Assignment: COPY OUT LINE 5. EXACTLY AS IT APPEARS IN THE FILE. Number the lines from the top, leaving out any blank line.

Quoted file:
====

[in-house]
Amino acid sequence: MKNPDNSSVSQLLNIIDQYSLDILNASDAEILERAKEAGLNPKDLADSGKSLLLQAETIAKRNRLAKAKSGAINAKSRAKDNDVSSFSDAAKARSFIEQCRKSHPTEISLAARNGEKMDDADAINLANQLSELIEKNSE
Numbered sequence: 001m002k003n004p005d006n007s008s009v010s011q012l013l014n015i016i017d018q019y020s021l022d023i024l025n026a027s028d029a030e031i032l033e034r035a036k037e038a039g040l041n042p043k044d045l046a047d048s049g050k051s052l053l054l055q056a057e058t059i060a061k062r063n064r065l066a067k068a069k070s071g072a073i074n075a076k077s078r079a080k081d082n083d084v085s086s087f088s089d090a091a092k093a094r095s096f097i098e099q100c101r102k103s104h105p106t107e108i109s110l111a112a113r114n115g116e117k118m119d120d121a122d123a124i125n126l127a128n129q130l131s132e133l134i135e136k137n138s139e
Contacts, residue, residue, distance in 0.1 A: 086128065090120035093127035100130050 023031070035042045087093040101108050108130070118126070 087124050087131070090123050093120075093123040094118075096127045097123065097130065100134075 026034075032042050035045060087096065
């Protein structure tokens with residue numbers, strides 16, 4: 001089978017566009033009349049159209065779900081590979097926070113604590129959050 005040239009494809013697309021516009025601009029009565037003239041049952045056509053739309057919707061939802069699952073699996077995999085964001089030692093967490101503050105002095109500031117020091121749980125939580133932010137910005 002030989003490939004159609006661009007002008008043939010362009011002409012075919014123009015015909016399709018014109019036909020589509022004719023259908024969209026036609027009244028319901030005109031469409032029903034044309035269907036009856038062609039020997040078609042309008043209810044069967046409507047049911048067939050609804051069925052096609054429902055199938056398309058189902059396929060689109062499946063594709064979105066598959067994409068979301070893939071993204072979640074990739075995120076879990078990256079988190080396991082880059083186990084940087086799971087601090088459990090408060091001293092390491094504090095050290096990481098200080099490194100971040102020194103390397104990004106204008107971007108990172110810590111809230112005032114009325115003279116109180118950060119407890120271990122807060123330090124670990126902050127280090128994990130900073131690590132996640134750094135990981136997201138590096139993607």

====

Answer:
């Protein structure tokens with residue numbers, strides 16, 4: 001089978017566009033009349049159209065779900081590979097926070113604590129959050 005040239009494809013697309021516009025601009029009565037003239041049952045056509053739309057919707061939802069699952073699996077995999085964001089030692093967490101503050105002095109500031117020091121749980125939580133932010137910005 002030989003490939004159609006661009007002008008043939010362009011002409012075919014123009015015909016399709018014109019036909020589509022004719023259908024969209026036609027009244028319901030005109031469409032029903034044309035269907036009856038062609039020997040078609042309008043209810044069967046409507047049911048067939050609804051069925052096609054429902055199938056398309058189902059396929060689109062499946063594709064979105066598959067994409068979301070893939071993204072979640074990739075995120076879990078990256079988190080396991082880059083186990084940087086799971087601090088459990090408060091001293092390491094504090095050290096990481098200080099490194100971040102020194103390397104990004106204008107971007108990172110810590111809230112005032114009325115003279116109180118950060119407890120271990122807060123330090124670990126902050127280090128994990130900073131690590132996640134750094135990981136997201138590096139993607």